Potiche (Trophy Wife) France 2010
Directed by François Ozon
Playing at cinemas now (just about).
I’m not sure there’s too much I could say about François Ozon’s new (to this country) film Potiche. Certainly it’s a fun film, based on a stage play the director had seen ten years earlier and set in 1977. The director and cast, among them French legends Catherine Deneuve and Gerard Depardieu, certainly seem to be having fun and the whole proceedings seem to be injected with the same campy humour that suffused the same directors brilliant 8 Women, rather than being in sympathy with the razor sharp twist Ozon who gave us the haunting Swimming Pool (that very last shot really turns the whole movie around!).
The story is pretty much a farce where a barely significant trophy wife played by Deneuve takes over her licentiously unfaithful but ailing husband’s umbrella company (originally her fathers and essentially her dowry) and turns it around into a major success before family politics get in the way. She does, however, go on to bigger and better things by the end of the movie and, of course, all the “factory business” brings her back into contact with the mayor, a socialist “commoner” who she had a sexual liaison with some years before and, naturally, their spark is rekindled somewhat.
This is a colourful film with some nice little laughs (although I didn’t laugh as loud as the upper-middle class London audience, it has to be said) and while it’s certainly a pleasant way to spend a couple of hours, there were definitely, in my humble opinion anyway, some missteps along the way... and they’re mostly about the tone of capturing something that’s supposed to be set in 1977. This seems out by about 20 years, as though Ozon's looking back through such a miasma of nostalgia that he’s overplayed things completely... because this movie looks and feels like mid-fifties/early sixties cinema.
The music doesn’t help things either... seriously, I absolutely adored Philippe Rombi’s score for this one, in fact it’s mostly what I was concentrating on and enjoying throughout the whole movie (which says to me that it’s pretty overscored) but it sounds definitively Bernard Hermann from the same period I mentioned above. There’s one sequence where Deneuve first drives to see Gerard Depardieu in her car and then walks a long corridor in a block of apartments... the driving sequence reminded me very much of the scenes of Marion Crane’s flight from her misdeeds in Psycho and then it all gets filtered through the sensibilities of Vertigo as she walks down a corridor lit in red and greens and all the while the music is telling me... Herrmann/Hitchcock/ Herrmann/Hitchcock/ Herrmann/Hitchcock over and over.
Other sequences play out very much like an old 60s Doris Day/Rock Hudson vehicle... but this kind of tribute was better done in Down With Love (to perfection) and, again, seems oddly out of place for a movie which is supposed to be set in the same year that Star Wars came out in cinemas. A token scene with a disco thrown in, whether it was done in the original stage version or not, does not really seem to make up for the lack of period authenticity. So this mixture of unique periodic vegetables are perhaps more of a potage than a potiche.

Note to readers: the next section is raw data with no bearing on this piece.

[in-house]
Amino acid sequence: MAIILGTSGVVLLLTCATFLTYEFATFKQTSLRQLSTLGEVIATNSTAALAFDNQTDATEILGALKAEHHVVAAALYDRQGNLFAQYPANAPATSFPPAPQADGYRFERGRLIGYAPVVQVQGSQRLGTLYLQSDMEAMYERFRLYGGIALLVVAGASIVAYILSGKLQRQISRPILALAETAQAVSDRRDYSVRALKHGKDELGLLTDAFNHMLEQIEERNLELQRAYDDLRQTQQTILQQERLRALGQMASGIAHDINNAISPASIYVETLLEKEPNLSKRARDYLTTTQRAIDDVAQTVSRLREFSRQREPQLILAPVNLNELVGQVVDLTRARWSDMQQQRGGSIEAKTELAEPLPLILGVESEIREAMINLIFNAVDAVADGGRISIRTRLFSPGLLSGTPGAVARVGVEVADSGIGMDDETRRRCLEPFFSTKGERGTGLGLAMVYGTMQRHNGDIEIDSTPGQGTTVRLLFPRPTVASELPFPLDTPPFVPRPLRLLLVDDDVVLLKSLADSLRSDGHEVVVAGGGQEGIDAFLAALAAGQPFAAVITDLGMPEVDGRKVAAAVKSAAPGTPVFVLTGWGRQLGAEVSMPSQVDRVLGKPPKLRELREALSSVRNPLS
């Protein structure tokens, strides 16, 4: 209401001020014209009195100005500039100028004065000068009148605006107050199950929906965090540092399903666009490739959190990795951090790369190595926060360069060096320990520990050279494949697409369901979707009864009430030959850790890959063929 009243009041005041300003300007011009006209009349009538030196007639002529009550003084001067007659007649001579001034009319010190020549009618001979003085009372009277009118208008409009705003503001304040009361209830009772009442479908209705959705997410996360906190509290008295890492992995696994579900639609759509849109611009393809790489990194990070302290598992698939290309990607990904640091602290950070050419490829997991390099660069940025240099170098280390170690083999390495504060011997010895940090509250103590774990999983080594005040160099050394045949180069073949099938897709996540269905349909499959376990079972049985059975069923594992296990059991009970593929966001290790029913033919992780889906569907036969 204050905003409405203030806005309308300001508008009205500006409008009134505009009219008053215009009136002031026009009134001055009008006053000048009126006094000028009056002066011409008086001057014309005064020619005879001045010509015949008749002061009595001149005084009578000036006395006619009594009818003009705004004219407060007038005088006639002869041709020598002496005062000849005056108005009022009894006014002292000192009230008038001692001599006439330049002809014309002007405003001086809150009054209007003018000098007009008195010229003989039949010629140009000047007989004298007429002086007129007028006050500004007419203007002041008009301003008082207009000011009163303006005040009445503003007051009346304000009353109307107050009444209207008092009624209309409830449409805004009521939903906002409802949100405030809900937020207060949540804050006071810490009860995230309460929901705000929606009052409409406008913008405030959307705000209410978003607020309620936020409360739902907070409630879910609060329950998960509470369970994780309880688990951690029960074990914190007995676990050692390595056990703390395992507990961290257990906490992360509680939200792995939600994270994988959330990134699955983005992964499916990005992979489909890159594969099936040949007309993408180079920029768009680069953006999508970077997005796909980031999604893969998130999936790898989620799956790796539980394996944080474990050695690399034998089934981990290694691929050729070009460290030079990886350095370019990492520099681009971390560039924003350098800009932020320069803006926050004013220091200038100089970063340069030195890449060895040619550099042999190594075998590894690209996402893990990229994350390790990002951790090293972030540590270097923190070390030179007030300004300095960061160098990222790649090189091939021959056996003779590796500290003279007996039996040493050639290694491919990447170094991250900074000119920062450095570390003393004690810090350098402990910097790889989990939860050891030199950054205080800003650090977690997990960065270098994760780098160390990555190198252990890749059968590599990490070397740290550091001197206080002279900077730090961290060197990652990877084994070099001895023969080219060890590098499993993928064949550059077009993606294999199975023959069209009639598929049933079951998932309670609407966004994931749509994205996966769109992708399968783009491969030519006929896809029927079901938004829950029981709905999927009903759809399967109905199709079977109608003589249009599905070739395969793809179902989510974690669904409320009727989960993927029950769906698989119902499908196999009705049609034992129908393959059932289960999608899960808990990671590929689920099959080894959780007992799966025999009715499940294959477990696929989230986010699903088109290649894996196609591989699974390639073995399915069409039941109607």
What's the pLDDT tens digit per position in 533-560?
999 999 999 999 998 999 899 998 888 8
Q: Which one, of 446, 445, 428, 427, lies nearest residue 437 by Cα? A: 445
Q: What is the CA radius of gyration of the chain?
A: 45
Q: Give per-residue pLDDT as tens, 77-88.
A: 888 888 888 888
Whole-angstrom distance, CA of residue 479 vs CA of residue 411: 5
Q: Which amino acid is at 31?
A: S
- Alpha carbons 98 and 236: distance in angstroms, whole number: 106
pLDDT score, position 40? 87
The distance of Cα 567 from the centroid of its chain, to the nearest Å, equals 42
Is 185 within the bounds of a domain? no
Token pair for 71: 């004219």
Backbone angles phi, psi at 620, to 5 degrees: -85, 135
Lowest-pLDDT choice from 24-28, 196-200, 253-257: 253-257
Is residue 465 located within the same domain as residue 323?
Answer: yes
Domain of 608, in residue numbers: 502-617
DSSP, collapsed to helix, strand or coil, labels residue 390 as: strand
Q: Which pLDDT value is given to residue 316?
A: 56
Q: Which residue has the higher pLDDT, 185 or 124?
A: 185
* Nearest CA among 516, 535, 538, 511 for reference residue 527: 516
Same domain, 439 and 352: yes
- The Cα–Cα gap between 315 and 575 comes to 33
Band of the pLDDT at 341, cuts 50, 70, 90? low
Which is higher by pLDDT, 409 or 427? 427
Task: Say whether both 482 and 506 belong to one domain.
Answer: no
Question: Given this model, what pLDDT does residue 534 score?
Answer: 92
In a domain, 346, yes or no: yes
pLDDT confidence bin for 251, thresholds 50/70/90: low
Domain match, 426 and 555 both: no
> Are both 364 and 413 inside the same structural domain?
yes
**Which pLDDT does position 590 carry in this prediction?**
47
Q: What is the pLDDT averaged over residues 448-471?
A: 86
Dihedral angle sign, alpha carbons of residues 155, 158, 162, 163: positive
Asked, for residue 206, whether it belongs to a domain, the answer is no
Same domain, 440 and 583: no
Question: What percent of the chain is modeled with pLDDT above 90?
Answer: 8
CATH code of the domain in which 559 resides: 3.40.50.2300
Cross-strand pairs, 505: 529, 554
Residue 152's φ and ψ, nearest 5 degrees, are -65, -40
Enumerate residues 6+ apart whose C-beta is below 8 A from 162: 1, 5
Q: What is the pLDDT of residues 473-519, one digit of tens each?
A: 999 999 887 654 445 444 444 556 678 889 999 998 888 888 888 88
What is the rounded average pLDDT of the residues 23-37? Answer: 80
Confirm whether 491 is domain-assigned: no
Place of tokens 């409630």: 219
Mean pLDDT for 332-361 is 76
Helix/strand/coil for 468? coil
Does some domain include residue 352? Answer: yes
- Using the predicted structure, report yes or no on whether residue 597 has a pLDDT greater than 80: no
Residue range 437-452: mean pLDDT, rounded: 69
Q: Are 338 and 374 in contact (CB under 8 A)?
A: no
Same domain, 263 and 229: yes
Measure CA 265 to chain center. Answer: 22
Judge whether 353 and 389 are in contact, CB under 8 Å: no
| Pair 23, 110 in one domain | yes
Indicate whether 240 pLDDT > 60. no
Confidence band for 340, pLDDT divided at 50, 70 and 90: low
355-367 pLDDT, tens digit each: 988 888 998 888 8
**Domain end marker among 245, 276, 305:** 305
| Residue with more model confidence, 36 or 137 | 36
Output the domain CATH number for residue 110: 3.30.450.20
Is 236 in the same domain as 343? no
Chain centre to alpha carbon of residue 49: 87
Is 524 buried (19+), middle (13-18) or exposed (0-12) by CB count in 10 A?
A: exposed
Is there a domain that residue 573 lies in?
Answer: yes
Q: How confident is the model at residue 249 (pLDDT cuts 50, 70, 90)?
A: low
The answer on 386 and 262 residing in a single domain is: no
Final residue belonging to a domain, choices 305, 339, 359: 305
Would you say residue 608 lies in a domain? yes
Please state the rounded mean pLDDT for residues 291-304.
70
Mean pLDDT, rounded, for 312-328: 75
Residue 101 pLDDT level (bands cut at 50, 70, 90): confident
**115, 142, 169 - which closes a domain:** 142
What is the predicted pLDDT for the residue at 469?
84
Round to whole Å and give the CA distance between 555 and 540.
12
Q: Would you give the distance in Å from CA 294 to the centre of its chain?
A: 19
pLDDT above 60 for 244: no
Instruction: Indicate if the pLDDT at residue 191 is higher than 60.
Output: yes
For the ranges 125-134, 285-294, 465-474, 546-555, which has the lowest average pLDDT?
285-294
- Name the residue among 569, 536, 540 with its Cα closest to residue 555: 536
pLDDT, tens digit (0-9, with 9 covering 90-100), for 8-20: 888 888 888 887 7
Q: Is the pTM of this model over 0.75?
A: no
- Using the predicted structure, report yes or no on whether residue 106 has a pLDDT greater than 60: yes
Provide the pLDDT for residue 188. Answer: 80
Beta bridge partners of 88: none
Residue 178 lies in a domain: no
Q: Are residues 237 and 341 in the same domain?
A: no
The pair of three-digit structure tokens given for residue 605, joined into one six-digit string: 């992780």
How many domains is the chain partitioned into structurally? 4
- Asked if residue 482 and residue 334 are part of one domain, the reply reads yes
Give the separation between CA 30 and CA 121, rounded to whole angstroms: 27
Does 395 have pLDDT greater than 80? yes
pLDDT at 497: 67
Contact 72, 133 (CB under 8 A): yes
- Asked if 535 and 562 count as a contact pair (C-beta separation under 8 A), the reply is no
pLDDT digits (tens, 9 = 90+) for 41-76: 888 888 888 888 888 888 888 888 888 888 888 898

The trappings of the stage show have also, as one would expect, not been fully overcome. Like many movies based on theatrical productions, this movie is mostly interior scenes with external locations looking like they’ve been tagged on to open up the settings a bit...but frankly, I don’t mind this too much because if I’m seeing an adaptation of a play then I’d much rather see something closer to the original piece, I suspect, than something which has been completely changed around to give the story a more credible image to audiences (like myself) who are unfamiliar with the original stage production.
Hmmm... it’s sounding like I’m a bit down on this film but I’m really not. Potiche is a perfect example of a movie which depicts female self-empowerment and it’s also got some laughs, terrific performances and some nice production values along to boot (even if those production values seem to have overshot their retrofitting by a couple of decades). And I think all films which deal with issues of female empowerment should be supported and watched... especially when they’re playing to limited audiences in a cinematic environment where rampant summer blockbuster are dominating all the screens by themselves on multiple, staggered screen performances. This release is not well timed to find the audience it deserves methinks... so you might want to seek it out while it’s still, barely, around in some areas.